Wednesday April 14, 2004
became child soldiers in the ethnic conflict in the northeastern
Democratic Republic of Congo (DRC) face rejection when they come home, a
UN official warns.
"The boys won't have too many problems, but the girls,
who are no longer virgins, who even have children, are not
marriageable," Christine Peduto, a UN expert on child rotection here,
adding: "And their parents won't get a dowry. Their families won't
Nor will the fighters who got them pregnant. "Very few
have managed to form relationships," Peduto said.
About 6,000 former child soldiers are awaiting UN help to
rejoin civilian life in the troubled Ituri region, where two rival tribes,
the Hemas and the Lendus, continued to fight each other even after wider
national peace pacts were signed for the DRC in 2002.
Some 4,700 UN soldiers are deployed in several towns in the
area, where the fighting has drawn in soldiers from a UN peacekeeping
mission and where a Kenyan military observer was shot dead in February.
Some village communities must bear part of the blame for
the children's fate. Children as young as 10 have been "donated"
to the militia groups to act as guards, porters and sometimes fighters,
according to the United Nations.
The children now have to be separated from the adults in
order to break the chain of command, and then be reintegrated into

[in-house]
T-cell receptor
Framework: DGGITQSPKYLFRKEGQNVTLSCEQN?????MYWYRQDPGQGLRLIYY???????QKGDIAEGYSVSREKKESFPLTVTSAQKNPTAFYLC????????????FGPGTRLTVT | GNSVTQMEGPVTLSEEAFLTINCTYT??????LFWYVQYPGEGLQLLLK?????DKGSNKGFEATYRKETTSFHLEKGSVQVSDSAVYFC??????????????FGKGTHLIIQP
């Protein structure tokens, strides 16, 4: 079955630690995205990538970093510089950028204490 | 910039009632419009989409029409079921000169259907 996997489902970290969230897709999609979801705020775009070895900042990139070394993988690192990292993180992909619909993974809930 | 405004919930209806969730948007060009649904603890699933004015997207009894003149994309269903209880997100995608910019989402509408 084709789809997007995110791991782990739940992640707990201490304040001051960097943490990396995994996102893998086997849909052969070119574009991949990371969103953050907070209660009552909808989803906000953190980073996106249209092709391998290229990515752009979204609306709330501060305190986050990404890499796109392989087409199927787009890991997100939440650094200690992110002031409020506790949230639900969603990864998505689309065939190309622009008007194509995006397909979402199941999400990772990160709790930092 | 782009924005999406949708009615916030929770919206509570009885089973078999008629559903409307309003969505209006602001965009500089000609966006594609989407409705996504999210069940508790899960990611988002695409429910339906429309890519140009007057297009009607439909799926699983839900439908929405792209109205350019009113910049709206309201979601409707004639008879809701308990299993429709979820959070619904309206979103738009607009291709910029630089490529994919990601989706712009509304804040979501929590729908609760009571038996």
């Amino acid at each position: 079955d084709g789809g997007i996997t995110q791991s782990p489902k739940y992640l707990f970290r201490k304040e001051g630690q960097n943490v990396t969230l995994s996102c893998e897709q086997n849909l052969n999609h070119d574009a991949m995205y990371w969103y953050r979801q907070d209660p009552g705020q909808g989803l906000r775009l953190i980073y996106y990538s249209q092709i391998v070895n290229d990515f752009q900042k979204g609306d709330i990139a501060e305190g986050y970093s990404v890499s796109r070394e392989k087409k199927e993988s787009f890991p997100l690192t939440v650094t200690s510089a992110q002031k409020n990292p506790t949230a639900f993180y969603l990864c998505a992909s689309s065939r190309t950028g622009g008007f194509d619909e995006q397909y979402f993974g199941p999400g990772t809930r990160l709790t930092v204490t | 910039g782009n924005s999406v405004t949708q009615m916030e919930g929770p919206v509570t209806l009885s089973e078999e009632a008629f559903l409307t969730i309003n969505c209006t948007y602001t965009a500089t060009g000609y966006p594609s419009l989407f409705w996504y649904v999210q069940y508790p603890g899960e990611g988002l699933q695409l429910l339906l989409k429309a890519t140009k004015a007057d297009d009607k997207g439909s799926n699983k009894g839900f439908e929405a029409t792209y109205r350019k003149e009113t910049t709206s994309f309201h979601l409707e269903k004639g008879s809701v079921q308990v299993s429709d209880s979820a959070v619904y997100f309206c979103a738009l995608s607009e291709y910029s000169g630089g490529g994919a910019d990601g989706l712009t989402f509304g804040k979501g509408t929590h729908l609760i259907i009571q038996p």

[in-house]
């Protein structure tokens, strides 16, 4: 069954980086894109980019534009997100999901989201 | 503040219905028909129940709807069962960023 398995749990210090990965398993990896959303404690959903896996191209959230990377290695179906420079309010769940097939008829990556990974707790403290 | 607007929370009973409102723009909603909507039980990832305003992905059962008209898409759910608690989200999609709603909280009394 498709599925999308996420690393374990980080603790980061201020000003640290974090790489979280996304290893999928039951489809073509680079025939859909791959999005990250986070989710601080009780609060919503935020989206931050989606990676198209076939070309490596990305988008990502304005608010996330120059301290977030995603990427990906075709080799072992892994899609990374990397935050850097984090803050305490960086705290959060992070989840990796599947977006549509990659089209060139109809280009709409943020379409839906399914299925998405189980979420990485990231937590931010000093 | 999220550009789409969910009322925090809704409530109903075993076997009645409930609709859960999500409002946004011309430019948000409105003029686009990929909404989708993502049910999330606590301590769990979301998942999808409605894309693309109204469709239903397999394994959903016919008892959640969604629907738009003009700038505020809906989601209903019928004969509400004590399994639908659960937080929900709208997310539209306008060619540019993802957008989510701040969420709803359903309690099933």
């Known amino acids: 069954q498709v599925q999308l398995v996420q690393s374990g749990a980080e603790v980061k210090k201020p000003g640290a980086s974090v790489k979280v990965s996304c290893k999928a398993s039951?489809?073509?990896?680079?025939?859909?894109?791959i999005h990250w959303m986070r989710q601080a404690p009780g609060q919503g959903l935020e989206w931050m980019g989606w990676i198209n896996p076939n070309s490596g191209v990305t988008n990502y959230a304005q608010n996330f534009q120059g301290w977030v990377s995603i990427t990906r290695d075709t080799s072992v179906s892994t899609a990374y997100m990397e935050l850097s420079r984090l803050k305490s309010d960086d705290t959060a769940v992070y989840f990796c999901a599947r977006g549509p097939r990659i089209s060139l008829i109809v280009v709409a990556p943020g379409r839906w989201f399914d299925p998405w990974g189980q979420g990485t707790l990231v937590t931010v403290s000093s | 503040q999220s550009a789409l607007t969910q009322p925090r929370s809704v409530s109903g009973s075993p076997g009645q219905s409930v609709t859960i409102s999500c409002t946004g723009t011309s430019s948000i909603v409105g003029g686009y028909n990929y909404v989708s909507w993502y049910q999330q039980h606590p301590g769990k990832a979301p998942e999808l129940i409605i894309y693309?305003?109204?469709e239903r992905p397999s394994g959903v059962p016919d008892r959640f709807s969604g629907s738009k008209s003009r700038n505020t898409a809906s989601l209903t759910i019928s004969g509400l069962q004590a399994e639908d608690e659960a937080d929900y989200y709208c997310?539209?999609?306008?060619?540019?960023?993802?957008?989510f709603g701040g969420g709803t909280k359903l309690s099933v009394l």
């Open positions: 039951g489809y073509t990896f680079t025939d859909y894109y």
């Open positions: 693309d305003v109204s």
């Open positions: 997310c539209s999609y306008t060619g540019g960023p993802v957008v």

Held since December in regroupment centres, the former
child soldiers and about 9,000 adult militiamen have received no aid while
they wait for a promised UN-supervised reintegration procedure to begin.
"They are beginning to get restless, and of course
survive by extortion activities in nearby communities," an official
of the UN mission in the DRC (MONUC) said.
Some are still at large, surviving in the bush.
A locally elected "interim coordinator" said the
number of former fighters awaiting disarmament would likely rise to some
50,000, though MONUC disputes the figure.
Colonel Laurent Banal, an UN official in DRC, told AFP:
"The military situation is frozen on the national level, there is no
integrated army yet."
This means former militiamen who wish to build a future
within the military face an uncertain future and that those fed up with
fighting are still waiting to be reintegrated into society.
The next stage will be to set up so-called transit sites
for former militia members where each individual's future path can be
decided in detail, he said. The apparent inertia has exacerbated the deep
mistrust between the Hemas and the Lendus.
"But the international community can't do
everything," Banal said. "We are waiting for the transitional
authorities in Kinshasa to get involved."
Reintegration has to take place in several stages. The
first, which involves building awareness within the armed groups and
communities, has already begun, Banal said.
A 10-year-old nicknamed "Mortar 60" is among the
lucky former child soldiers. He is already back in school, having home to
take care of his father, who has since died, and is now with his mother.
(c) 1999- The Children and Armed Conflict Unit